An Historic Occasion

from the article by Bar Association President Diane Anderson originally published in the Amador Ledger Dispatch:

History was made in Amador County last Thursday, September 26, 2013, when the Chief Justice of the California Supreme Court, Tani Cantil-Sakauye, visited Jackson for a luncheon held in her honor. Judge Steve Jahr, Director of the Administrative Office of the Courts, was also in attendance.

The Chief Justice and Jahr toured the Amador Superior Court, meeting with the judges and staff.  We were fortunate to have the state’s two top leaders for the judiciary in Amador County. The luncheon event was a rare opportunity for the local legal community to have a dialogue with California’s 28th Chief Justice. The luncheon was hosted by the honorable Presiding Judge Susan Harlan, honorable Judge JS Hermanson, and the Amador County Bar Association, at Tomi’s Banquet Room in Jackson.

The room was filled with people from the legal, business, and political community, as well as the general community at large.  More than 90 attendees were able to listen to the Chief Justice give a 30-minute speech.

The Chief Justice, who took office in January 2011, during a time of turmoil for the California court system, spoke of her humble beginnings in Sacramento, her early years as a prosecutor and her rise through the judiciary. Her commentary was also an assessment of the current state of the judicial branch of government.  The Chief Justice exuded optimism for the future and spoke of the importance of the local court system in maintaining access to justice.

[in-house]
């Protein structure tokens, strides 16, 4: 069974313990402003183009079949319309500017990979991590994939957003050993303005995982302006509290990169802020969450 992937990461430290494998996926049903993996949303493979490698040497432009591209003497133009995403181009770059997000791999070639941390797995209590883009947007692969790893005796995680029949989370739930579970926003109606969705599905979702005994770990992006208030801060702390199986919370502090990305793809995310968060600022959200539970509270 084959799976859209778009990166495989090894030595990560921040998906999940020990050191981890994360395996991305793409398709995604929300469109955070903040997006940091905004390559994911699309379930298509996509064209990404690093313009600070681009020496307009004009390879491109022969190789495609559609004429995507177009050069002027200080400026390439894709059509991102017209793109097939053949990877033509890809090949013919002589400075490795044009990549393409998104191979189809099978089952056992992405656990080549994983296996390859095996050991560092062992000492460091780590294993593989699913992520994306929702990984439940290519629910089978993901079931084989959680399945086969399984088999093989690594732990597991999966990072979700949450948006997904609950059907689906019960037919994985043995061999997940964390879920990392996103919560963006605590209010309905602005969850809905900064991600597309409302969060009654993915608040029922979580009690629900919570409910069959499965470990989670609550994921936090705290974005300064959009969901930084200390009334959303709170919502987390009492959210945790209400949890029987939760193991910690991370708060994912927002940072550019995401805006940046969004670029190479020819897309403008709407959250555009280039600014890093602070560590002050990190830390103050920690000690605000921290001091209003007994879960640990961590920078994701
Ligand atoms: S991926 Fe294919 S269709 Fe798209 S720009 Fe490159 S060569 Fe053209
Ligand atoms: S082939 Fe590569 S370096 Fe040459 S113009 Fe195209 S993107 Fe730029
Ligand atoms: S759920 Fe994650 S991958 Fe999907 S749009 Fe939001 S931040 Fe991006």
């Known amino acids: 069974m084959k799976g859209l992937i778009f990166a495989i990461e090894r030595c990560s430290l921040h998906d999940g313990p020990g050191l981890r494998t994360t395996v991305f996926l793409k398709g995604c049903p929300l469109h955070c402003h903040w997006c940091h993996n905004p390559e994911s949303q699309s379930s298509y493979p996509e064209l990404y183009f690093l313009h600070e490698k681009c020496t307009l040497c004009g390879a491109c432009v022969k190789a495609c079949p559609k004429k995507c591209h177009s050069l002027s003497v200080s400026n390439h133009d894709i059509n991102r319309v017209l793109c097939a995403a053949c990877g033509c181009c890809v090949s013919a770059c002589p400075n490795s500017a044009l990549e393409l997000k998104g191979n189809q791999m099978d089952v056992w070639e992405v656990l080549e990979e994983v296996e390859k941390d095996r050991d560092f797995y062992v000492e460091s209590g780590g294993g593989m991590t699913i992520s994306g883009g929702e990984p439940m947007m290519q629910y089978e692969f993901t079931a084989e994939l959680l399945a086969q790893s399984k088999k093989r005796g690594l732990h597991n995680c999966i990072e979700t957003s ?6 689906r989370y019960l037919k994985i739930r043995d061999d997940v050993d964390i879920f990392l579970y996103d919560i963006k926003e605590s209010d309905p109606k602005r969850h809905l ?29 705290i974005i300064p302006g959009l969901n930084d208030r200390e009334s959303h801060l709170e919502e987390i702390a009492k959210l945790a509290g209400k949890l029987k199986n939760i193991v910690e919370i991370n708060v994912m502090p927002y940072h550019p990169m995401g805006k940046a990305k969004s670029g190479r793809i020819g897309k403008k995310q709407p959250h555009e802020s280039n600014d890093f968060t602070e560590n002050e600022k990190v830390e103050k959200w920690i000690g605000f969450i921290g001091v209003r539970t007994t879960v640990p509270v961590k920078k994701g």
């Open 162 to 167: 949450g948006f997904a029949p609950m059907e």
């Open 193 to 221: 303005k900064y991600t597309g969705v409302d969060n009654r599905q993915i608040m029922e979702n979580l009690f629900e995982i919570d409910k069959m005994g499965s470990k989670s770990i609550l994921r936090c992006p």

During her speech regarding the massive judicial budget cuts that courts all over California have been facing in the past five years, the Chief Justice said, “We were not to be judged in the short term. We are moving in the right direction and as we move in that direction we can never sacrifice our integrity.”

The Chief Justice followed her speech with a question-and-answer session.  The Chief Justice gave very succinct and straightforward answers to every question. As Amador County Bar Association President, I was inspired by the Chief Justice. She is very articulate and knowledgeable, yet she never had any notes. She really listened to the questions asked and had thoughtful answers.

“I thought she was a dynamic speaker,” said Tom Blackman, of Coldwell Banker Award Realtors. “She touched on a lot of topics that were brought up in other speeches. She really impressed me, and I’m not easily impressed.”

Long-time Amador County Museum Curator Georgia Fox set up a display highlighting Amador County’s history, with a display board that simply stated “The Argonaut 1859-1948,” with black-and-white photos of local mining operations through the years. Fox, dressed in period attire, filled a table covered in burlap with artifacts, such as an old mining pan, a replica of the Kennedy Wheel, a miner’s hard hat with a carbide lamp and several pictures of judges from the 1800s to present day. Fox had one-on-one time with the Chief Justice, explaining to her all of the past history of Amador County.

“She was really interested in the history of Amador County,” Fox recalled, “and asked a lot of questions. It was a very rewarding 

In the end, it was a historical landmark event for Amador County and we were all honored by the Chief Justice’s visit.experience for me to talk to so many lawyers, judges, and officials from Amador and surrounding counties. After working at the museum for 20 years, I worked with many people but this was an experience that topped it off.”